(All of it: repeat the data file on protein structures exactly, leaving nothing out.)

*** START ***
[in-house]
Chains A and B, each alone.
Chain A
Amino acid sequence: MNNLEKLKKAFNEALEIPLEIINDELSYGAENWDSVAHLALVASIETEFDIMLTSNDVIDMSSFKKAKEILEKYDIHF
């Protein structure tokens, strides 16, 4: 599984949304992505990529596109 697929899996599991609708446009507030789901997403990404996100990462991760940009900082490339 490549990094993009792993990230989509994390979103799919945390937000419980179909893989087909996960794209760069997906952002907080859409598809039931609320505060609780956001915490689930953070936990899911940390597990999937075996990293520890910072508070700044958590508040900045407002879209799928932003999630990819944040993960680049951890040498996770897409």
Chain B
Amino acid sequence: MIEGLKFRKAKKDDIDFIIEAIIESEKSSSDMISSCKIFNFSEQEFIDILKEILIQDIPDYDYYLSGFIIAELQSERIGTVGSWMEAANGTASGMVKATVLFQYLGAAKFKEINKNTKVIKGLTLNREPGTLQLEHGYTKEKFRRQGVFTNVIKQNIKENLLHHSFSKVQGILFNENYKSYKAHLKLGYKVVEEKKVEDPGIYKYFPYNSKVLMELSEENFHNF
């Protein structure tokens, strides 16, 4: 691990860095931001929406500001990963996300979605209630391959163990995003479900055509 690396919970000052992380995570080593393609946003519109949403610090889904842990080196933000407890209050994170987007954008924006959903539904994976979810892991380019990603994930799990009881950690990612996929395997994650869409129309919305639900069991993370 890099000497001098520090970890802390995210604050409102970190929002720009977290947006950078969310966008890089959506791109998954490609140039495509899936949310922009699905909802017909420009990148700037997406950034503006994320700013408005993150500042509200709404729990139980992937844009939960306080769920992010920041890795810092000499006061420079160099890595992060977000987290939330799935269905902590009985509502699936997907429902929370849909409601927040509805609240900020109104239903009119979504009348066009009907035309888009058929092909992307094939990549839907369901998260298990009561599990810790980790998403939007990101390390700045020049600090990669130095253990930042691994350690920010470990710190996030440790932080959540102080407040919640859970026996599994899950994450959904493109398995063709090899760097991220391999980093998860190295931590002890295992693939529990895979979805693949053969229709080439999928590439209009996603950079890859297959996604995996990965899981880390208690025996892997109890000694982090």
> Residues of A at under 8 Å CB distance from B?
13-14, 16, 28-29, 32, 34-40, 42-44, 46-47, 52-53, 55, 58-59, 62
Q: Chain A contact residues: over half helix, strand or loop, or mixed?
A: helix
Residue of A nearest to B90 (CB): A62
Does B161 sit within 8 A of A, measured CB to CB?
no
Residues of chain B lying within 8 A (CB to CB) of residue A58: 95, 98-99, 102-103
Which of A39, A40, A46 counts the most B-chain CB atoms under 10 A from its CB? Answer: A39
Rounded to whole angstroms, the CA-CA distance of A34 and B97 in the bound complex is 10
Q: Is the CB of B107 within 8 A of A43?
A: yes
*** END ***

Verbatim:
[in-house]
Chains A and B, each alone.
Chain A
Amino acid sequence: MNNLEKLKKAFNEALEIPLEIINDELSYGAENWDSVAHLALVASIETEFDIMLTSNDVIDMSSFKKAKEILEKYDIHF
């Protein structure tokens, strides 16, 4: 599984949304992505990529596109 697929899996599991609708446009507030789901997403990404996100990462991760940009900082490339 490549990094993009792993990230989509994390979103799919945390937000419980179909893989087909996960794209760069997906952002907080859409598809039931609320505060609780956001915490689930953070936990899911940390597990999937075996990293520890910072508070700044958590508040900045407002879209799928932003999630990819944040993960680049951890040498996770897409």
Chain B
Amino acid sequence: MIEGLKFRKAKKDDIDFIIEAIIESEKSSSDMISSCKIFNFSEQEFIDILKEILIQDIPDYDYYLSGFIIAELQSERIGTVGSWMEAANGTASGMVKATVLFQYLGAAKFKEINKNTKVIKGLTLNREPGTLQLEHGYTKEKFRRQGVFTNVIKQNIKENLLHHSFSKVQGILFNENYKSYKAHLKLGYKVVEEKKVEDPGIYKYFPYNSKVLMELSEENFHNF
């Protein structure tokens, strides 16, 4: 691990860095931001929406500001990963996300979605209630391959163990995003479900055509 690396919970000052992380995570080593393609946003519109949403610090889904842990080196933000407890209050994170987007954008924006959903539904994976979810892991380019990603994930799990009881950690990612996929395997994650869409129309919305639900069991993370 890099000497001098520090970890802390995210604050409102970190929002720009977290947006950078969310966008890089959506791109998954490609140039495509899936949310922009699905909802017909420009990148700037997406950034503006994320700013408005993150500042509200709404729990139980992937844009939960306080769920992010920041890795810092000499006061420079160099890595992060977000987290939330799935269905902590009985509502699936997907429902929370849909409601927040509805609240900020109104239903009119979504009348066009009907035309888009058929092909992307094939990549839907369901998260298990009561599990810790980790998403939007990101390390700045020049600090990669130095253990930042691994350690920010470990710190996030440790932080959540102080407040919640859970026996599994899950994450959904493109398995063709090899760097991220391999980093998860190295931590002890295992693939529990895979979805693949053969229709080439999928590439209009996603950079890859297959996604995996990965899981880390208690025996892997109890000694982090």
> Residues of A at under 8 Å CB distance from B?
13-14, 16, 28-29, 32, 34-40, 42-44, 46-47, 52-53, 55, 58-59, 62
Q: Chain A contact residues: over half helix, strand or loop, or mixed?
A: helix
Residue of A nearest to B90 (CB): A62
Does B161 sit within 8 A of A, measured CB to CB?
no
Residues of chain B lying within 8 A (CB to CB) of residue A58: 95, 98-99, 102-103
Which of A39, A40, A46 counts the most B-chain CB atoms under 10 A from its CB? Answer: A39
Rounded to whole angstroms, the CA-CA distance of A34 and B97 in the bound complex is 10
Q: Is the CB of B107 within 8 A of A43?
A: yes